One such option that is becoming a popular choice for new sewer works is a polymer called polypropylene, or PP. PP’s durability, excellent chemical resistance of pH 1-13 and high temperature resistance of up to 95°C in the short term makes it well-suited to harsh sewer environments. The well-engineered pipe seal systems from suppliers like REHAU also eliminate common issues around root ingress.

Furthermore, PP uses virgin grade materials without fillers, as opposed to competitor pipes that use up to 40 per cent in mineral additives. This greater filler quantity results in stiffer pipes and significantly reduced dynamic load capacity – a common issue for concrete piping. Such rigidity can have a dramatic impact, with virgin grade PP pipes enjoying up to 250 times the strength of equivalent, filler-using materials.

The added flexibility allows the weight and impact of heavy loads to be transferred into ground around the pipe, ensuring greater long-term strength and reliability. PP also has 40 times the impact resistance of clay, the most commonly used sewer pipe material, and virtually rules out damage like cracks and fractures occurring on-site.

REHAU PP pipes are lighter than concrete and clay alternatives, so more meterage can be laid hourly by fewer personnel, lower contractor costs. They can also be pressure-jetted for easier maintenance – for example, the 250mm pipe is verified by the UK’s Water Research Centre (WRc) up to 280 bar, and feature an intuitive Safety-Lock jointing system leak-proof up to 5 bar short-term internal pressure to ensure reliable, watertight fits.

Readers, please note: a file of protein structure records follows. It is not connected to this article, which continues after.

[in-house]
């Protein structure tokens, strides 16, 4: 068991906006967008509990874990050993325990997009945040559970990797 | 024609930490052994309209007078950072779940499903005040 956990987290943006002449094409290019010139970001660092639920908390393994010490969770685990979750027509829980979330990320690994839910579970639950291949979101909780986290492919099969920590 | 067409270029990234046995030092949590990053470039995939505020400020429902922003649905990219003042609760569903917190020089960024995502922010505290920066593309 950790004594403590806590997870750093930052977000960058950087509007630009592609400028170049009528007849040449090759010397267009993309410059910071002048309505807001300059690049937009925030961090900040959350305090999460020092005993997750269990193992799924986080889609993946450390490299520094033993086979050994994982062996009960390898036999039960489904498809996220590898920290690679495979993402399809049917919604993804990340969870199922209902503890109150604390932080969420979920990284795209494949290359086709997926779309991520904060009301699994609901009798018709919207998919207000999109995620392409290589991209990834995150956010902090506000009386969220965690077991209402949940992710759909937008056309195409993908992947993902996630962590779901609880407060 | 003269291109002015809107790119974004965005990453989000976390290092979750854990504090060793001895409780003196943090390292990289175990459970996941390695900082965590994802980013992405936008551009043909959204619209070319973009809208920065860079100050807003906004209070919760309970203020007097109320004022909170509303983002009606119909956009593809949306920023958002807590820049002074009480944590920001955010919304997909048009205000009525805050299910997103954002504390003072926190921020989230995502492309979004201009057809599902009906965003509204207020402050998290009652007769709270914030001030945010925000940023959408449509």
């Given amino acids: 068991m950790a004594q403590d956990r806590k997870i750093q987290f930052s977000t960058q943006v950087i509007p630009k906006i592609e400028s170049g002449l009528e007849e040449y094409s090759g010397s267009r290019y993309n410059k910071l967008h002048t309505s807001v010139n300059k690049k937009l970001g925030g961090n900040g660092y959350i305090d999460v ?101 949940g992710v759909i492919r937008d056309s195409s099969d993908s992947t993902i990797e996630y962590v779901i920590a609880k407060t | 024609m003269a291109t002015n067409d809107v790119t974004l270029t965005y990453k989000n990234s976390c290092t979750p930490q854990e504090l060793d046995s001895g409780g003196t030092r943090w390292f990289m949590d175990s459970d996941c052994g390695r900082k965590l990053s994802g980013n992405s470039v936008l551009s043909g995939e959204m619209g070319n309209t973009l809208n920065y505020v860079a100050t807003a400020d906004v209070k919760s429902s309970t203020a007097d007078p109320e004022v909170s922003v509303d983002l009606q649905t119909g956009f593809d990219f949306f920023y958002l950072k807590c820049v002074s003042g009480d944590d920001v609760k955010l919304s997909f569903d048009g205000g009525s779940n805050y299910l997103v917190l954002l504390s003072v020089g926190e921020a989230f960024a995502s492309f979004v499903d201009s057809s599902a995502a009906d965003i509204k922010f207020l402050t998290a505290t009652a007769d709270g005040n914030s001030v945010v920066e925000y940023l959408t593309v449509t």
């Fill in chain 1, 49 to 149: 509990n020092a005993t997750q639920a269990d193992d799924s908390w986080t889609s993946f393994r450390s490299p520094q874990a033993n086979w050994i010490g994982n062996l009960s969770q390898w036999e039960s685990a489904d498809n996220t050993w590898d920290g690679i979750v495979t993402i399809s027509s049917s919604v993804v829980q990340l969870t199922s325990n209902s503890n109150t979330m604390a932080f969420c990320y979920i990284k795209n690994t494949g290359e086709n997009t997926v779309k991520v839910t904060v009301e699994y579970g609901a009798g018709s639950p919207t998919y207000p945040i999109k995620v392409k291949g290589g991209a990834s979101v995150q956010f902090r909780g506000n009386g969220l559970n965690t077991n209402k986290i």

Manhole chamber alternatives

PP manhole chambers also have a similar Safety-Lock sealing system to keep chambers watertight. The material’s strength allows manhole chamber cones to withstand 10-tonne wheel loads – twice that of an HGV – as its surrounding polymer or concrete ring can deflect the weight. Even if the ring were impaired, PP cones can still handle direct contact with 10-tonne weights.

REHAU-supplied chambers also feature a slip-proof, corrosion-resistant ladder design for continued safe access, and the material enjoys an externally verified 100-year service life from independent inspection body TÜV Rheinland. Additionally, the material meets British Standard EN 13598-2, which governs plastic piping and ducting systems, meaning dangerous defects affecting long-term use and safety are extremely unlikely.

Because PP manhole chambers are also up to 95 per cent lighter than concrete versions, they can be easily aligned and installed without machinery. As such, site safety can be improved and construction costs lowered, as less plant machinery is required.

In conclusion, though sewage systems can be made of a number of different materials, only PP polymers can guarantee a long service life in an extremely demanding environment, while remaining easy and practical to install. A high-performing, long-lasting material, its comparatively low weight and innovative design optimises installation site processes while improved personnel safety.

For more information on REHAU’s polypropylene sewer pipe and chamber solutions, please visit: www.rehau.uk/awadukt.